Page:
Broken Government

Published — December 10, 2008 Updated — May 19, 2014 at 12:19 pm ET

Mismanagement and cronyism at HUD

Bush-appointed housing head came under scrutiny after pressuring HUD offices in several cities to bow to his will


In spite of allegations of cronyism, easing terms on subprime mortgages, and federal investigations into possible partisan awarding of contracts, Alphonso Jackson — a longtime friend of President Bush and former president of a billion-dollar Texas electric utility — remained at the helm of the Department of Housing and Urban Development (HUD) until April 2008. Jackson joined the administration in 2001 as deputy secretary of HUD. In 2004, the Senate unanimously confirmed Jackson as secretary. Earlier that week, Jackson had blocked implementation of consumer protection standards that forced mortgage lenders to disclose kickbacks and stopped their last-minute changes to interest rates and closing costs. Two years later, the HUD Office of Inspector General launched the first of an array of investigations of Jackson; it found that Jackson had encouraged his staff to consider political affiliation when awarding contracts.

By spring 2008, the inspector general was investigating Jackson again, while the FBI and Congress had opened their own investigations into multiple allegations of cronyism and retaliation. Jackson allegedly pressured the New Orleans office of HUD to hire a friend for a no-bid contract; the contractor also performed renovations on Jackson’s vacation home. The Philadelphia office of HUD filed a lawsuit accusing Jackson of hindering funding in retaliation for refusing to hand over a $2 million vacant lot at a deep discount to a developer friend. Jackson stepped down in March. Bush said he still had confidence in Jackson, calling him “a strong leader and a good man.” A call to Jackson’s home requesting comment was not returned.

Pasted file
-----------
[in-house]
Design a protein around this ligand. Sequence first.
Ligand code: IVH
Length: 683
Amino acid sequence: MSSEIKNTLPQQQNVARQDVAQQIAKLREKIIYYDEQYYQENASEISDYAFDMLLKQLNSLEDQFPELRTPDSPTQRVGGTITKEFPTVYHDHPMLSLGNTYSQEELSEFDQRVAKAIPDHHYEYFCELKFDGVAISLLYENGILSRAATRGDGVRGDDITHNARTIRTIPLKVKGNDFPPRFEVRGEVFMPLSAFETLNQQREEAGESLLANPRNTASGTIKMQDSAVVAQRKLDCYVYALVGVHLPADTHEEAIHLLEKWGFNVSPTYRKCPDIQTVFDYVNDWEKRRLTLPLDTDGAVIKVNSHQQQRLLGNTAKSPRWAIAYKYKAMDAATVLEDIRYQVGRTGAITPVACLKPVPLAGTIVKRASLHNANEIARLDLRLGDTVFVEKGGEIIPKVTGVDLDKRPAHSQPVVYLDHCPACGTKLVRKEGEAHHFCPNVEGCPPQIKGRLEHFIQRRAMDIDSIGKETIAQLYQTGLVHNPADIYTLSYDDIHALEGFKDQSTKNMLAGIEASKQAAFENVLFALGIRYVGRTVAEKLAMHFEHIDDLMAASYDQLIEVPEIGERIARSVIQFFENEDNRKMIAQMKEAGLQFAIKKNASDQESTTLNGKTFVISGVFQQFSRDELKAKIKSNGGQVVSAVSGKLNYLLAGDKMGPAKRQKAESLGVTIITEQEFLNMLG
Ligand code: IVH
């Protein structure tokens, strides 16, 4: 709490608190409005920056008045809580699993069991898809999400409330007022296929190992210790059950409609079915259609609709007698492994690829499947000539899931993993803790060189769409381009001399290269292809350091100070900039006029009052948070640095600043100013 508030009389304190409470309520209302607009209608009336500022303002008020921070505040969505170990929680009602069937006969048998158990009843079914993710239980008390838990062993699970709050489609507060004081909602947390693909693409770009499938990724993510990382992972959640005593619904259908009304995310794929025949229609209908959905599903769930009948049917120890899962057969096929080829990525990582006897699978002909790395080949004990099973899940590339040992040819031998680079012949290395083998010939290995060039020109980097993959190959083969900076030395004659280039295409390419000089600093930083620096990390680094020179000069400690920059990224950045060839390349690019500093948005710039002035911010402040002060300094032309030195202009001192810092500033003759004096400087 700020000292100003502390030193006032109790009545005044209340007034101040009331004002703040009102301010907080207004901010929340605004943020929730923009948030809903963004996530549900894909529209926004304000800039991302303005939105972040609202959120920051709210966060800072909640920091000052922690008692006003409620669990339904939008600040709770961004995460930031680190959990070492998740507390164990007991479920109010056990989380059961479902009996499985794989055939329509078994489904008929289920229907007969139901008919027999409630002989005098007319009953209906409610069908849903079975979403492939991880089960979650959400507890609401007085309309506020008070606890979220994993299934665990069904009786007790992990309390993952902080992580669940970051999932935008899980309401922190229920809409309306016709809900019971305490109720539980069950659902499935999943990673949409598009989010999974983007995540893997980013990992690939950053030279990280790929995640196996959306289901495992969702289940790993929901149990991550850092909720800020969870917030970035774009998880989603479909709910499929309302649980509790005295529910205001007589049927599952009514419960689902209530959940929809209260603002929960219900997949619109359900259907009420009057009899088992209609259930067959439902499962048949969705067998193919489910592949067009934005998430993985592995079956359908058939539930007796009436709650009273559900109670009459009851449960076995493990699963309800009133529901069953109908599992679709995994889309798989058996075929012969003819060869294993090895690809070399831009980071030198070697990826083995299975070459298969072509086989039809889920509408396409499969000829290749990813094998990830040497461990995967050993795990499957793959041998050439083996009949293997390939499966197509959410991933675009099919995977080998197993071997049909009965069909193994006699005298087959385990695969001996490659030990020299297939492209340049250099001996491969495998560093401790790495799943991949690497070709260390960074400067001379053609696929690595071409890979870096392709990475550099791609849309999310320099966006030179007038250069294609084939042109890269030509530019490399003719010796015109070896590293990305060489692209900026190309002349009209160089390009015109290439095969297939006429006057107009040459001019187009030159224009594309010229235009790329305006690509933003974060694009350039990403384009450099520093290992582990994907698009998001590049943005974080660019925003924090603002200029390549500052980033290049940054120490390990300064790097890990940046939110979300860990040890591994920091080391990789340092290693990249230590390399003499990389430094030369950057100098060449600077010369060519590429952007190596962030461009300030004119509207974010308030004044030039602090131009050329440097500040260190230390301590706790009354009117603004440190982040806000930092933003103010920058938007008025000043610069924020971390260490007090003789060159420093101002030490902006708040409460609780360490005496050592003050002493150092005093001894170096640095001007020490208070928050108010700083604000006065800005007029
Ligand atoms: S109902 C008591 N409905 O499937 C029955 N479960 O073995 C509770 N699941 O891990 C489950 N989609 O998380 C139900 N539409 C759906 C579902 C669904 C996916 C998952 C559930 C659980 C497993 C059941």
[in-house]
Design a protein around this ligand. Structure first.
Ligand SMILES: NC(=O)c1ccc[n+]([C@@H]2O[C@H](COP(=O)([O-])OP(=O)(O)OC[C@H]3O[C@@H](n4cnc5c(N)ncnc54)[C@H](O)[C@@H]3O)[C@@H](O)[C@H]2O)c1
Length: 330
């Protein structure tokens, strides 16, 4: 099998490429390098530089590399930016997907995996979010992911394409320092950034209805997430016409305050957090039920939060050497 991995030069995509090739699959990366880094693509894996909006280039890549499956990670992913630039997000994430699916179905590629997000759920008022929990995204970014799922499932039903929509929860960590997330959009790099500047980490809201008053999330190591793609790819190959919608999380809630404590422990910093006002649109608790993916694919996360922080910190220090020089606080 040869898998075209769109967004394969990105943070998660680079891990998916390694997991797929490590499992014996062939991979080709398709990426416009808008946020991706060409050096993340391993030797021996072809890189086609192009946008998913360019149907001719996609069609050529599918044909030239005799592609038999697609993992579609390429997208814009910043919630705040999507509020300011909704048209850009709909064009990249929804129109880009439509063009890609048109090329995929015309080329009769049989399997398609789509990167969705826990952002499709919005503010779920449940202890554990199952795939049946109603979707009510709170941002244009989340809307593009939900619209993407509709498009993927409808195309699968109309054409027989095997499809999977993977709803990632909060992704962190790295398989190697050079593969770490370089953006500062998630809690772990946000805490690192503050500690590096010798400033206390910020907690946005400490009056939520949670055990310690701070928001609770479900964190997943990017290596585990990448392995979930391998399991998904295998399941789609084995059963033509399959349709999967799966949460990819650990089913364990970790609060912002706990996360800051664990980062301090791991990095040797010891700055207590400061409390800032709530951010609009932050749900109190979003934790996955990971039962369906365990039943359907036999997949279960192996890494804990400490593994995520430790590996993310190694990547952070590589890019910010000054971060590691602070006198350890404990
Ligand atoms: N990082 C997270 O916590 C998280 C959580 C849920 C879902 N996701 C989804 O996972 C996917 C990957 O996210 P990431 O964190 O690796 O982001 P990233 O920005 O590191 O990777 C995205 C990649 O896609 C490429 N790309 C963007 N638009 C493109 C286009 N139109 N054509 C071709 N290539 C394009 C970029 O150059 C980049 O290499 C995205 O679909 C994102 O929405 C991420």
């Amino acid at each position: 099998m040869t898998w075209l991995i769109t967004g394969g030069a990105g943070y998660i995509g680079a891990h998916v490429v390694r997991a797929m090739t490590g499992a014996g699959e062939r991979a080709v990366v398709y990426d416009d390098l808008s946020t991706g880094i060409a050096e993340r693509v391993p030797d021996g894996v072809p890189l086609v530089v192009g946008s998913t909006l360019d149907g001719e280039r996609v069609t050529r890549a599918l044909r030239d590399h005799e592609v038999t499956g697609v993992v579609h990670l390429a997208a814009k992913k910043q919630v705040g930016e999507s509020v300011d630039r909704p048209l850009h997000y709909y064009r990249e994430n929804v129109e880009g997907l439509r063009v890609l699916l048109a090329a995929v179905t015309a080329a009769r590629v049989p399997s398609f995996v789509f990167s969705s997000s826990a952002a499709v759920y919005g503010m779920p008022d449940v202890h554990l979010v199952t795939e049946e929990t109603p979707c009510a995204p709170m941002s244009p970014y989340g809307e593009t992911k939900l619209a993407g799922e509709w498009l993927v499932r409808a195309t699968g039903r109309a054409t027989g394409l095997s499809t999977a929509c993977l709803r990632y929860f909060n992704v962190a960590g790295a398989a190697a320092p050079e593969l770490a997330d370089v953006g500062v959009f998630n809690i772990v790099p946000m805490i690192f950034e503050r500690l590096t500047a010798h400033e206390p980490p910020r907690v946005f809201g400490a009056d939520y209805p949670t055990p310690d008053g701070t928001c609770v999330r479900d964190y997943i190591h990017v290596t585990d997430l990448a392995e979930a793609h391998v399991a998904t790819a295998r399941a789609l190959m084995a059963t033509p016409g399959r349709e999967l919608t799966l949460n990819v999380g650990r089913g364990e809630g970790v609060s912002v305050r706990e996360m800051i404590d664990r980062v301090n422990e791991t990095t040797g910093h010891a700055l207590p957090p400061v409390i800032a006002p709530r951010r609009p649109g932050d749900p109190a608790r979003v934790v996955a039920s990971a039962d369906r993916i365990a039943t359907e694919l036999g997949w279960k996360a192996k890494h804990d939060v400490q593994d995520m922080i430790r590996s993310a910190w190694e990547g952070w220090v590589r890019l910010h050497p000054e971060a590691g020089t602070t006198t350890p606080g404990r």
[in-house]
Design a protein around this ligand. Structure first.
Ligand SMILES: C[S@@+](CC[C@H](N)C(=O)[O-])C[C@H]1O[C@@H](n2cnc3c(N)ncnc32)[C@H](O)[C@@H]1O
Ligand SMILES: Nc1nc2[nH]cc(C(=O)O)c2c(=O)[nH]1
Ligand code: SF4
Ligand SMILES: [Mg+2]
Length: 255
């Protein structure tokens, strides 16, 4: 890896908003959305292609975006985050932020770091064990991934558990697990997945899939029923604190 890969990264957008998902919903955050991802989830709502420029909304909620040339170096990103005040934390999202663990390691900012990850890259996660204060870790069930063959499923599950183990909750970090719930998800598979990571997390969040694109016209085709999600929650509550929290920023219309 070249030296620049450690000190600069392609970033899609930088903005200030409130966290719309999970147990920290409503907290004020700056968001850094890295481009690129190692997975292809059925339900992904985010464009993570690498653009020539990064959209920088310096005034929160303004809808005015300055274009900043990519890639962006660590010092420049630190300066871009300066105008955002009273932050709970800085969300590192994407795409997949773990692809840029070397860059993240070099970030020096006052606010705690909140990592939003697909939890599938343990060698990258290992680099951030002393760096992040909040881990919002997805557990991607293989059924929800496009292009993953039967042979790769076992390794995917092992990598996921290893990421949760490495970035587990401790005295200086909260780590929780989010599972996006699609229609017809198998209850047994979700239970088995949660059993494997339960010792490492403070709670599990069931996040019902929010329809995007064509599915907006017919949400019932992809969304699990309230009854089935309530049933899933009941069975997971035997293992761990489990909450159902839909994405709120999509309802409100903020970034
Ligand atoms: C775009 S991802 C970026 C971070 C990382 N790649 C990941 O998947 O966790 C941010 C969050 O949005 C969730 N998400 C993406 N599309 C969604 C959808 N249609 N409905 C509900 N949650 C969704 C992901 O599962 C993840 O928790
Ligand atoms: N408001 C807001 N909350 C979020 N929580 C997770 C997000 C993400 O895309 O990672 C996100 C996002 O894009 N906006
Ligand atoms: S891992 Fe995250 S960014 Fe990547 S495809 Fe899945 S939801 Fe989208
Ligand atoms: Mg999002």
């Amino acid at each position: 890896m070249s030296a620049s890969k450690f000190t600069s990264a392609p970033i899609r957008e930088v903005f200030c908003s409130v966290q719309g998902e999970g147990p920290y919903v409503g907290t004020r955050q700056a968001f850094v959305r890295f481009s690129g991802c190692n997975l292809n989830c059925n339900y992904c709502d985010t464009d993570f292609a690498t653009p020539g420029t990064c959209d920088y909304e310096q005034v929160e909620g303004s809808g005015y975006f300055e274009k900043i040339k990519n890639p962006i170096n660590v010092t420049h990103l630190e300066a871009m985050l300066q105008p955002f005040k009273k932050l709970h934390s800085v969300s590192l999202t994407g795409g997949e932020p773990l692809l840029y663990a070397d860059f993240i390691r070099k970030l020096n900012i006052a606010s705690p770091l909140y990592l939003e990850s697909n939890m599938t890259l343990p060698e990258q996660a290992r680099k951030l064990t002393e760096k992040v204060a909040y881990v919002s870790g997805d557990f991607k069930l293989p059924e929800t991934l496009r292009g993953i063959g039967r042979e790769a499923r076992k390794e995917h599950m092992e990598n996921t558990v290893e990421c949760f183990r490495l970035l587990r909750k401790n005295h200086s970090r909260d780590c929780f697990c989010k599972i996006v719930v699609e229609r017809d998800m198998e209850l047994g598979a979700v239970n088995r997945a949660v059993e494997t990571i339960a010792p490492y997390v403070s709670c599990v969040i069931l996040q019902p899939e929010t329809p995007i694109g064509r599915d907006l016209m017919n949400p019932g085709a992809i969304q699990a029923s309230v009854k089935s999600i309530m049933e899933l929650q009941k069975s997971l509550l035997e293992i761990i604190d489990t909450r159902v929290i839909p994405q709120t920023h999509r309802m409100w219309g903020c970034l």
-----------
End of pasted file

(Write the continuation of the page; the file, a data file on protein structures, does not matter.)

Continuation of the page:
A Washington Post investigation found HUD management had dismissed repeated expressions of concern about Jackson’s dealings by veteran contracting specialists within the agency. The lawsuit filed by the Philadelphia office was settled in October 2008.

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